A General Licence has been issued by the US government that explicitly authorises the protection of all intellectual property in Venezuela. The move follows significant challenges for US companies seeking to protect their brands in the country.
The Venezuelan Intellectual Property Office has announced that, starting from 27 April 2020 and as long as the national sanitary emergency remains effective, the office will implement a temporary e-filing system for certain IP-related matters, including trademark applications. Read more
The Venezuelan Intellectual Property Office has established a new procedure for protecting local geographical indications based on the Paris Convention, which it published in a bulletin in February 2020. Read more
In a significant development for trademark applicants and owners, as of 10 February 2020 trademarks applications in Venezuela must use only the International Classification of Goods and Services established by the Nice Agreement. Read more
In our latest round-up, we look at a new online service launched by the Swedish IP Office, the Babybel wax-coating trademark being invalidated, scammers filing “fake trademarks” to hijack Instagram accounts, and much more. Read more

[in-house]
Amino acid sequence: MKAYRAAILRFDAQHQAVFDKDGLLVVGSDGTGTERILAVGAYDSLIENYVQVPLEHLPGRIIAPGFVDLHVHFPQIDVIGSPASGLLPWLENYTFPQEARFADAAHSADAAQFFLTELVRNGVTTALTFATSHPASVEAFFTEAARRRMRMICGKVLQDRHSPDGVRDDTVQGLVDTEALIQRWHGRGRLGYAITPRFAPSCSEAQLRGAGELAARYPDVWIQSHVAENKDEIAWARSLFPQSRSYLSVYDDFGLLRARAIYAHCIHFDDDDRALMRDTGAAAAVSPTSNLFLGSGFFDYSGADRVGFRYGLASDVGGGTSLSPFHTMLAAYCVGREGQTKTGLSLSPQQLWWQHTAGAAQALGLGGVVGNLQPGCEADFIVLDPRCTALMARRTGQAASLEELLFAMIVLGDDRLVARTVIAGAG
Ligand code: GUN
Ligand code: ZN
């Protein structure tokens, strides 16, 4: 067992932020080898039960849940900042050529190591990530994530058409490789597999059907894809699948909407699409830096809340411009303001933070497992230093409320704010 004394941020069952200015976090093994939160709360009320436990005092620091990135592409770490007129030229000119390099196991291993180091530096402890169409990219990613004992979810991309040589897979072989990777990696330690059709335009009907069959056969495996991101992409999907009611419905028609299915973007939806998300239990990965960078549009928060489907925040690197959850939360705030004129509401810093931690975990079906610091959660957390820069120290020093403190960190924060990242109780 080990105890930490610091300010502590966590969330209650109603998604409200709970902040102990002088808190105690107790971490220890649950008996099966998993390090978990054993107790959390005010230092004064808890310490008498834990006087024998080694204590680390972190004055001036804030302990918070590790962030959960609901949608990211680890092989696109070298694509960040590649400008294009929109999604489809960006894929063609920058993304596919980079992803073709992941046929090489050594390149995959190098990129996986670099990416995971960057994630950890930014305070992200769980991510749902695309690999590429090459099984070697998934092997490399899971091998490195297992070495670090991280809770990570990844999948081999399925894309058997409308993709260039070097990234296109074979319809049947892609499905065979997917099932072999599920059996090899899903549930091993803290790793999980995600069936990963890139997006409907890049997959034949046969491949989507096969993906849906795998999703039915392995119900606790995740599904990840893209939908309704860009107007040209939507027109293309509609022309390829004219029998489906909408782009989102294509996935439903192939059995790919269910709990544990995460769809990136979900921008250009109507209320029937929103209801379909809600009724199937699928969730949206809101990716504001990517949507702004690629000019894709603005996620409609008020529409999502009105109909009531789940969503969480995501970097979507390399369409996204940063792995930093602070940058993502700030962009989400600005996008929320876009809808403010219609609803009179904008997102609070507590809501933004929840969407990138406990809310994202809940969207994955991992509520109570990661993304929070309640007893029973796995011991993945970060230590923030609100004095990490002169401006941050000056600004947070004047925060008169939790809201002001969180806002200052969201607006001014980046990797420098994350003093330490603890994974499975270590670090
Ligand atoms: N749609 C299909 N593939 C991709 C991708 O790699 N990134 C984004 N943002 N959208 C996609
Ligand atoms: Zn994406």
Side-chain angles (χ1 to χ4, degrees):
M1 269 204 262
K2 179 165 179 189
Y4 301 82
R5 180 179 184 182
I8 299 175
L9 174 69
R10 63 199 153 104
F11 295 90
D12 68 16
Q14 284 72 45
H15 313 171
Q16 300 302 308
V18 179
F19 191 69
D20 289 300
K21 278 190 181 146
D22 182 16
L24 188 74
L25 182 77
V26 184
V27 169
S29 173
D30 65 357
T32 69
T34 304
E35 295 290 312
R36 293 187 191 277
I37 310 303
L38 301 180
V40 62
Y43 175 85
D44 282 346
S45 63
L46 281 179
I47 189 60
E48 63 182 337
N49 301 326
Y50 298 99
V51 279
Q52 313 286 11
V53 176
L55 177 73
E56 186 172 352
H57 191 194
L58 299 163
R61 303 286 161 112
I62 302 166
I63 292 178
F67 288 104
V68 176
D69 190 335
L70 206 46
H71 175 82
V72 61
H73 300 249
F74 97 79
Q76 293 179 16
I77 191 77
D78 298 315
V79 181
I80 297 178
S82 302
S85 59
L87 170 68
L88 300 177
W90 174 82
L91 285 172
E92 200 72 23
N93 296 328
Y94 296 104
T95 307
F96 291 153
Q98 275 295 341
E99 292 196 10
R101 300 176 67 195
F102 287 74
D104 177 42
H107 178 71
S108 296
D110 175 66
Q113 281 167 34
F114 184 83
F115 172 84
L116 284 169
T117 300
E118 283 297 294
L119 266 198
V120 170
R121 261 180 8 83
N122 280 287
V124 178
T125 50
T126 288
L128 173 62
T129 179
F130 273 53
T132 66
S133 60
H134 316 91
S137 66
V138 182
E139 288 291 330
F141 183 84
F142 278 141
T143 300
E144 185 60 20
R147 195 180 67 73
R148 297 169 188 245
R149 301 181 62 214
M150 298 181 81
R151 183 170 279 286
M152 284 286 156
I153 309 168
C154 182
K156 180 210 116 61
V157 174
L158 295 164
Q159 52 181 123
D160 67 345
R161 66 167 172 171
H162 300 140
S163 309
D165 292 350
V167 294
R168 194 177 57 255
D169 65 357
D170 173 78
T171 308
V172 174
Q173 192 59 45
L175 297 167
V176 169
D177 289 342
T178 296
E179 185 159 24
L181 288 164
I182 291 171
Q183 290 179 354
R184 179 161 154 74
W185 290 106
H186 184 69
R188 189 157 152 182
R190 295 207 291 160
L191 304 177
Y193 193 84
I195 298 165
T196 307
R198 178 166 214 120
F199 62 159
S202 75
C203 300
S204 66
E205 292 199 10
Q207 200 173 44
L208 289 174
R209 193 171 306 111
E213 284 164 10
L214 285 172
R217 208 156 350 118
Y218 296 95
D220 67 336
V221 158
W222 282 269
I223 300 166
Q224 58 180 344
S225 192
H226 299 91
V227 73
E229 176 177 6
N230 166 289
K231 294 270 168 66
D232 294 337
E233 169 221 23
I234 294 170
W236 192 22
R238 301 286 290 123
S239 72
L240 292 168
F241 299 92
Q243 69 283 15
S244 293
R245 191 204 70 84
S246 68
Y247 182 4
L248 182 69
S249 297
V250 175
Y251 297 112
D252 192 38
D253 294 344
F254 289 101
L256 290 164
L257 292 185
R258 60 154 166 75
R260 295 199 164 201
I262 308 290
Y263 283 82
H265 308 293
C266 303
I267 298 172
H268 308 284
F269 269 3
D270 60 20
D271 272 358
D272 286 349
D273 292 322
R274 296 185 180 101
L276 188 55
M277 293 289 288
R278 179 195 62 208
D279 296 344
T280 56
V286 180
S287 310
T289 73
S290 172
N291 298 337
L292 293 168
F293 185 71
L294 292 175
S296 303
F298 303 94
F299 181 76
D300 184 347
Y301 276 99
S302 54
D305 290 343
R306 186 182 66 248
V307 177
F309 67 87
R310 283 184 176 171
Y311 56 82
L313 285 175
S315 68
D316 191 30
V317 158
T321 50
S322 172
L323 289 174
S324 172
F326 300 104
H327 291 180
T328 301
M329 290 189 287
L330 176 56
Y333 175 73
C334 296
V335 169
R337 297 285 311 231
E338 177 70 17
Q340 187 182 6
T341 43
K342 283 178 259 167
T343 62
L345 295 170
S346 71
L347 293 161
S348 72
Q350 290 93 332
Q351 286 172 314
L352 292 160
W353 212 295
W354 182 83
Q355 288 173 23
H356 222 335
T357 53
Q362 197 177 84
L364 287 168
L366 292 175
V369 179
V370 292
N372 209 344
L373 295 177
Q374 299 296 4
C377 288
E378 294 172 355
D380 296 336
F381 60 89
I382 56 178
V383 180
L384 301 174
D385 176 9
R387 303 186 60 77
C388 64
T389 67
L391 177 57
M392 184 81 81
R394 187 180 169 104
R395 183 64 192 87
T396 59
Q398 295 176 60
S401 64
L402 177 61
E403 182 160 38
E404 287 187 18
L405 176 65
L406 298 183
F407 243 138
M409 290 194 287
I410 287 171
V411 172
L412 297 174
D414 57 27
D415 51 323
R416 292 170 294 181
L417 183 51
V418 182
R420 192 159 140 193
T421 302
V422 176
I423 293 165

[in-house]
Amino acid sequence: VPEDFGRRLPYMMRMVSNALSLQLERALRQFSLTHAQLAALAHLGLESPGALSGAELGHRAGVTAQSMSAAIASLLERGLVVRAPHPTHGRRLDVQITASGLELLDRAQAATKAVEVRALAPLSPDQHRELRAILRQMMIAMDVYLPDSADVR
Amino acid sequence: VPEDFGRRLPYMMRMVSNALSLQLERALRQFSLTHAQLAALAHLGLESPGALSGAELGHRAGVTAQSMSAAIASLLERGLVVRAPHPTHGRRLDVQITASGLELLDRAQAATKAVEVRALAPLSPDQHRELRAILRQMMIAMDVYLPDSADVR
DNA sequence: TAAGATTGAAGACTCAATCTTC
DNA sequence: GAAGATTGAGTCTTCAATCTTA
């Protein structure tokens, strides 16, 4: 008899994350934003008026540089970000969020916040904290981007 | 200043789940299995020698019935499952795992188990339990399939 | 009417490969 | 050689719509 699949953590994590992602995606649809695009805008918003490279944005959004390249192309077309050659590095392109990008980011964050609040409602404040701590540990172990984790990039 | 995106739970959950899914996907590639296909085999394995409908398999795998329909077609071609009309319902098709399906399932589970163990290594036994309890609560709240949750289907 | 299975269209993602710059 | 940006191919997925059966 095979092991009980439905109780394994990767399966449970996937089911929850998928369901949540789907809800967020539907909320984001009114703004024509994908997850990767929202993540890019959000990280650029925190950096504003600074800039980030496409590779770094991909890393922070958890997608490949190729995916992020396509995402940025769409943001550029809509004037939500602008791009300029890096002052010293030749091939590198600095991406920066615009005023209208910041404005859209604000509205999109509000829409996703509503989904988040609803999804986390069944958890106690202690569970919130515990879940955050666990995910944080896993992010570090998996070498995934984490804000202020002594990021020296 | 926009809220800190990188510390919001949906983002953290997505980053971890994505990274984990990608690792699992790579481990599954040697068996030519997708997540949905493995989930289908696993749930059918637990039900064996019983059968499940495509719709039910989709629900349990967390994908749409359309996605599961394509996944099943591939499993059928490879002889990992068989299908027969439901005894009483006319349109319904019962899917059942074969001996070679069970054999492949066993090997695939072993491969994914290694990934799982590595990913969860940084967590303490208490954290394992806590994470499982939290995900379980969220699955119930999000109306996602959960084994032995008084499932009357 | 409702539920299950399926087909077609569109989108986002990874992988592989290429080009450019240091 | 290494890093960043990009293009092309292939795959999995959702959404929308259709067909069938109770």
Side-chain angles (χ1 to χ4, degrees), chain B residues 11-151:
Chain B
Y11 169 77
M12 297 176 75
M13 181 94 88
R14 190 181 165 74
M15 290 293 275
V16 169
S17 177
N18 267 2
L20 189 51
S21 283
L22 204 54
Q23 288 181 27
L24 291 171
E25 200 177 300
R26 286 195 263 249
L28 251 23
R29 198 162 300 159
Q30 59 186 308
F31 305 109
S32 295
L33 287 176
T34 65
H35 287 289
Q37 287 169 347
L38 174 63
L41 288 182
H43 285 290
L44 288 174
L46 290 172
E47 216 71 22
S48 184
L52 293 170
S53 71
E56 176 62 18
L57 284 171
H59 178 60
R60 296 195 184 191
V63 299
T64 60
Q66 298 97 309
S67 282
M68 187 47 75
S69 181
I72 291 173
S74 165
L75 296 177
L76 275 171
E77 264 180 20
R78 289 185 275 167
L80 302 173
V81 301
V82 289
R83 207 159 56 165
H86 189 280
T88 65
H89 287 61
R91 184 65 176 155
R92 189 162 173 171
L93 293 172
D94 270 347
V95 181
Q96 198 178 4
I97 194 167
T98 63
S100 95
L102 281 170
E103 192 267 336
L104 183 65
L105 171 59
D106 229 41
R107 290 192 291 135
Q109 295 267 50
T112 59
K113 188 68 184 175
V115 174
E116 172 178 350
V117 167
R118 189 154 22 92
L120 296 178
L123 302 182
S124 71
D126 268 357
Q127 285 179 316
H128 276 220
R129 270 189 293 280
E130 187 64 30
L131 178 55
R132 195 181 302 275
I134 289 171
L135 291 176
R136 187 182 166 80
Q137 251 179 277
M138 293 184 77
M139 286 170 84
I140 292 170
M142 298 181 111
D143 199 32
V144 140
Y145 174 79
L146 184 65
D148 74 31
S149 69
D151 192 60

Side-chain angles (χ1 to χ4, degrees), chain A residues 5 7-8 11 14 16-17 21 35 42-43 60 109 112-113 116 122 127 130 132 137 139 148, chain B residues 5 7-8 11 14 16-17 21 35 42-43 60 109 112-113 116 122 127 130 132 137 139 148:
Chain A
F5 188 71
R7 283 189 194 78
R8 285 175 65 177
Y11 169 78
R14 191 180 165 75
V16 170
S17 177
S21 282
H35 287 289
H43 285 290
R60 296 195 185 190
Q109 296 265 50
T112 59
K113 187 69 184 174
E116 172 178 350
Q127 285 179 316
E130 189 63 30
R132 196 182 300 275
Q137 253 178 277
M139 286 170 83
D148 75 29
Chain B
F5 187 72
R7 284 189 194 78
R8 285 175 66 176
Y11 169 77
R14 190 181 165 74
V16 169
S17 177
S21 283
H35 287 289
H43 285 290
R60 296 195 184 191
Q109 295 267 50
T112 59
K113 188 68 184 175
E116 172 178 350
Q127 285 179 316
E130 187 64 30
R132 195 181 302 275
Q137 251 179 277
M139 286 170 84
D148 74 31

Although in recent years the authorities have shown increasing concern over counterfeiting and implemented mechanisms to combat it, these efforts have been largely inadequate, due to increased traffic in these goods worldwide.
A Venezuelan court has granted Babyliss, the well-known French manufacturer of hair care appliances, the possibility to take precautionary measures against a business located in Punto Fijo, one of Venezuela’s free-trade zones. This resulted in the seizure of 588 counterfeit hair straighteners.